People have traditionally put their money into land, which is a growing asset. Due to the rising scarcity of land and high demand for it, such real estate developments have offered investors good returns and have assisted them in accumulating wealth. Even though current high-rise residential unit ventures have very little land ownership and are mostly made up of depreciating assets, commercial real estate investment generates far more cash flow through rentals. Investing in high-end real estate, on the other hand, requires a large sum of money that is only available to HNIs and Ultra HNIs. Bengaluru, Pune, and Mumbai have emerged as the most promising destinations for fractional commercial real estate investments in the future.
Increasing demand for fractional commercial investment by professionals
Doctors, IT experts, Entrepreneurs, and other company owners are among the investor and user sectors with the highest relative interest in fractional ownership of commercial real estate. Around 30% of chartered accountants planned to invest in commercial real estate, followed by lawyers (21%), doctors (15%), IT professionals (13%), entrepreneurs (11%), and business owners (11%). (7 percent).
These investors prefer fixed income choices with a physical asset as collateral, and they’ve begun to appreciate fractional CRE’s favorable risk-return profile and end-to-end management provided by fractional ownership platforms. In India, fractional investing has existed for a long time, although in a disorganized form. Even now, many investors consider residential real estate to be their only option, and we want them to be aware of CRE as a viable alternative.
Over 1500 high-ticket registered consumers and investors were polled to compile the results of the survey. According to the report, 68 percent of interested commercial real estate (CRE) investors are between the ages of 36 and 60. 15 percent of potential investors are between the ages of 25 and 35, while the remaining 17 percent are beyond the age of 60.
Our platform addresses the most prevalent issues, such as huge ticket sizes, operational tasks, lengthy and complicated documentation, a lack of expertise, and trust, to make this a more inclusive and accessible asset class.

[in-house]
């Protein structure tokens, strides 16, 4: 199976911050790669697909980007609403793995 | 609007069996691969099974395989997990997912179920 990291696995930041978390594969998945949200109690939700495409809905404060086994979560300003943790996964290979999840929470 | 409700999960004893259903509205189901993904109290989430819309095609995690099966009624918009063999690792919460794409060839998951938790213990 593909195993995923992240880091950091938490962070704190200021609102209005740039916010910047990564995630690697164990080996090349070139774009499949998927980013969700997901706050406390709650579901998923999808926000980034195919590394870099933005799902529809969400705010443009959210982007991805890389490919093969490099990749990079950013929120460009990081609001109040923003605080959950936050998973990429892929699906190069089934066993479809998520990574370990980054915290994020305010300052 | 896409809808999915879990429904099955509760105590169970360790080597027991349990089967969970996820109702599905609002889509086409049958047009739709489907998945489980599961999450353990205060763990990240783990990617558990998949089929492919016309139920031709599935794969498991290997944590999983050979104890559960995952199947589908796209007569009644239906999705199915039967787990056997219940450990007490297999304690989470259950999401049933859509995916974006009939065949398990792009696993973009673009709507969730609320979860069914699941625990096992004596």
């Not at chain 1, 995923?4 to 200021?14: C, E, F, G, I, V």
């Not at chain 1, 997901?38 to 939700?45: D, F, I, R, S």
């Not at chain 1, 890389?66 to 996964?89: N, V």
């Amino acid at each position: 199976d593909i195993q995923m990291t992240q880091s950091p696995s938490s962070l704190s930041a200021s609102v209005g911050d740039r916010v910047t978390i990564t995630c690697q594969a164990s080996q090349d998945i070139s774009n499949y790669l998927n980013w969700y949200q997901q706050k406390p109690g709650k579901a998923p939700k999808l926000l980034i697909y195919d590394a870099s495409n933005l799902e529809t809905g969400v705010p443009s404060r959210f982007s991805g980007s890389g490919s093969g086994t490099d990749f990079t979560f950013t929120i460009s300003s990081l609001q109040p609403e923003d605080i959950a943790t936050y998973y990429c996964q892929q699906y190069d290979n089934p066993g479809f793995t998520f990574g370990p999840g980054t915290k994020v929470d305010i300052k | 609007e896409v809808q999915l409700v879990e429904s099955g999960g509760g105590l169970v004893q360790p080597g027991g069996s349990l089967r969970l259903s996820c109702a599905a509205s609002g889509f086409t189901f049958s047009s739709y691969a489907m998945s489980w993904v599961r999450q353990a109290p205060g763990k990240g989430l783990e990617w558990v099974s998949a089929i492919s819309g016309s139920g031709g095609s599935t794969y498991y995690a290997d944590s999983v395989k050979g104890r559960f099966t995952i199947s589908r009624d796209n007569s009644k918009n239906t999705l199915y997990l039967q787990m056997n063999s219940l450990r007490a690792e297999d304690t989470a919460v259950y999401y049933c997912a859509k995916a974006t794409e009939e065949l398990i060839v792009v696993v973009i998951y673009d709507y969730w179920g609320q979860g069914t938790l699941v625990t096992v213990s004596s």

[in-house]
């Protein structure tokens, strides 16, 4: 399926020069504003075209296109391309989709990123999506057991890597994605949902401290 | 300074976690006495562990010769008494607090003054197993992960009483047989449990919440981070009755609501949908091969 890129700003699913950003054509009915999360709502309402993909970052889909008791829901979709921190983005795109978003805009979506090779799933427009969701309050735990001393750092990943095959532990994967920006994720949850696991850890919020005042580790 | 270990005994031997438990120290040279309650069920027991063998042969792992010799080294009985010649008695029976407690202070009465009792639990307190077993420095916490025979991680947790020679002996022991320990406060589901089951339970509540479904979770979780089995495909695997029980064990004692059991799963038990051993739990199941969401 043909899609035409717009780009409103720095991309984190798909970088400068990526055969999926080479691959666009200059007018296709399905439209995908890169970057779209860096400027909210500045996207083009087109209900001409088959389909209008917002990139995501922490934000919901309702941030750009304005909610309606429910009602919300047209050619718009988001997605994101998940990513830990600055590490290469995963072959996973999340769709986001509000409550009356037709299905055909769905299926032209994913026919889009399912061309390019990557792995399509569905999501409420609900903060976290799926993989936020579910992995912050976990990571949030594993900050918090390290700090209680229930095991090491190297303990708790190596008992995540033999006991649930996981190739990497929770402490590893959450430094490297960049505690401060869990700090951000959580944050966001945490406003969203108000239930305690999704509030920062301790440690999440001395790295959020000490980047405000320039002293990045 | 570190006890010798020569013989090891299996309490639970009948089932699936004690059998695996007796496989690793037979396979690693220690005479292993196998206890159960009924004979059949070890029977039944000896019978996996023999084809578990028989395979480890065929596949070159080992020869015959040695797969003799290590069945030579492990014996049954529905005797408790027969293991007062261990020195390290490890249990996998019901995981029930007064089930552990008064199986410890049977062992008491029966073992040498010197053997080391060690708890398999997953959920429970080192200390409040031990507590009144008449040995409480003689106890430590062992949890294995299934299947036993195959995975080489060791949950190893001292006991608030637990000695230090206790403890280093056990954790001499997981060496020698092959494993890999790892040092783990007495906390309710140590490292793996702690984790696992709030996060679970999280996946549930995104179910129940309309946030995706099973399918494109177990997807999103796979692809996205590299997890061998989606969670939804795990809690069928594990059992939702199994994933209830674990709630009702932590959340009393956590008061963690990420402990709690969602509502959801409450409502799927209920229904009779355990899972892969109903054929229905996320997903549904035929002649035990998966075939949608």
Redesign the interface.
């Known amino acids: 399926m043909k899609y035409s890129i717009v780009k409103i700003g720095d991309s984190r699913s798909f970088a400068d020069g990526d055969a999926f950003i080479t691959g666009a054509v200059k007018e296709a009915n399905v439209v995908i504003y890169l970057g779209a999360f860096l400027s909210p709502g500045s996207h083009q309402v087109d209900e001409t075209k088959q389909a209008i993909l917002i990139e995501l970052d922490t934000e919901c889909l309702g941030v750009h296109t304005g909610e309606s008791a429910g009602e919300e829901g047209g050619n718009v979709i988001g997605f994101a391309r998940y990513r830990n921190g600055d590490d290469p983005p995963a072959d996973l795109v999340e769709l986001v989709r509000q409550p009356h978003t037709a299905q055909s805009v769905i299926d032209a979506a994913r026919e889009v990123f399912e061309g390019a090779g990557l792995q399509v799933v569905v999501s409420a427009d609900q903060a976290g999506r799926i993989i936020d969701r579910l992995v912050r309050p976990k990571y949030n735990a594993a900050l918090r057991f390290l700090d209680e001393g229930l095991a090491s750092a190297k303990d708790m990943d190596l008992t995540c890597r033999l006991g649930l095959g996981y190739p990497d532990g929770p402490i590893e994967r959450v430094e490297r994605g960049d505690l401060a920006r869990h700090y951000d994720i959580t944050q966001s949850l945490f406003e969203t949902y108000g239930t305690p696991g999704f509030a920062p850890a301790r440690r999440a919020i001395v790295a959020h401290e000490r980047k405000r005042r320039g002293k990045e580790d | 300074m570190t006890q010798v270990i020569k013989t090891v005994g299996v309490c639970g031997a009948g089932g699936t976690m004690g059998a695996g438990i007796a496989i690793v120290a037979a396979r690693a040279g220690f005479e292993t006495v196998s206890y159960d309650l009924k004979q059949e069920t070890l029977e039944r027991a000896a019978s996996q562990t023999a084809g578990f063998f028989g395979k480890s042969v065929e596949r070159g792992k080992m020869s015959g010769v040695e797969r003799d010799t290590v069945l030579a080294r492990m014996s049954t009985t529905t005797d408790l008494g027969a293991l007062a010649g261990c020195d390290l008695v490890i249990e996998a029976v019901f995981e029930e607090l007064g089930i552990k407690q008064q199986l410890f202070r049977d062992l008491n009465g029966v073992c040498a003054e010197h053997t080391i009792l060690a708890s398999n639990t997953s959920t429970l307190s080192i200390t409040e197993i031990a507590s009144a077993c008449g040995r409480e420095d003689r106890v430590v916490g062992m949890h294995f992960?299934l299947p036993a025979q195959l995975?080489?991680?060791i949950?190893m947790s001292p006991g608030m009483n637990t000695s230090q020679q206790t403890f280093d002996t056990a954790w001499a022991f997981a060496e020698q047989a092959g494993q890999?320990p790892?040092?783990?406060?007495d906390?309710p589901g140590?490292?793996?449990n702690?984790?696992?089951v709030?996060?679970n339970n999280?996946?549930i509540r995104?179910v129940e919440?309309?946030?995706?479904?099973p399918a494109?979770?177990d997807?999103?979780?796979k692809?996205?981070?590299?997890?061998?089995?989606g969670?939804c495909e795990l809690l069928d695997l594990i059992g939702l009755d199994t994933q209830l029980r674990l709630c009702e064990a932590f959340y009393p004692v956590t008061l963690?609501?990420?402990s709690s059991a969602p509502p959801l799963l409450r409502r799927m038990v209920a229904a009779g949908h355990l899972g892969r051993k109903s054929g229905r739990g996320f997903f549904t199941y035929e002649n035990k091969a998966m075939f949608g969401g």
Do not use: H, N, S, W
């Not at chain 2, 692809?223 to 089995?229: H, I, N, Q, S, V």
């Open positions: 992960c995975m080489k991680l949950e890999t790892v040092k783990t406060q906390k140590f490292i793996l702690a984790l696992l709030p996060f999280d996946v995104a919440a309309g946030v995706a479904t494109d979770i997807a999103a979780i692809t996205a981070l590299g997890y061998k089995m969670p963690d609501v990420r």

Although investors aged 60 and up have generally been skeptical of alternative investing, this is changing. CRE allows these investors to earn a stable monthly inflow backed by collateral, as well as the possibility of an annual capital increase over time. This allows investors to enjoy additional gains due to capital appreciation at the time of exit. The poll identifies certain significant needs and adjustments that traditional CRE investors require, such as faster access to opportunities, more transparency, data symmetry, and process efficiency. Fractional ownership platforms are addressing these difficulties in India’s CRE market to increase trust and transparency.
With the new laws and regulations in place, investors will feel more confident in CREs and will be able to profit handsomely from the country’s potential real estate opportunities. Investors’ investment preferences differ with age, according to the survey. Young investors have a high risk-high-reward appetite and are willing to diversify their property investments geographically. As many of them are retired and do not have a regular source of income, older investors seek a low-risk investment option with collateral-backed secure fixed income. Because it meets the needs of both segments, CRE is a unique asset type. Monthly rental income might provide individuals looking for a reliable source of fixed income with reasonably high yields.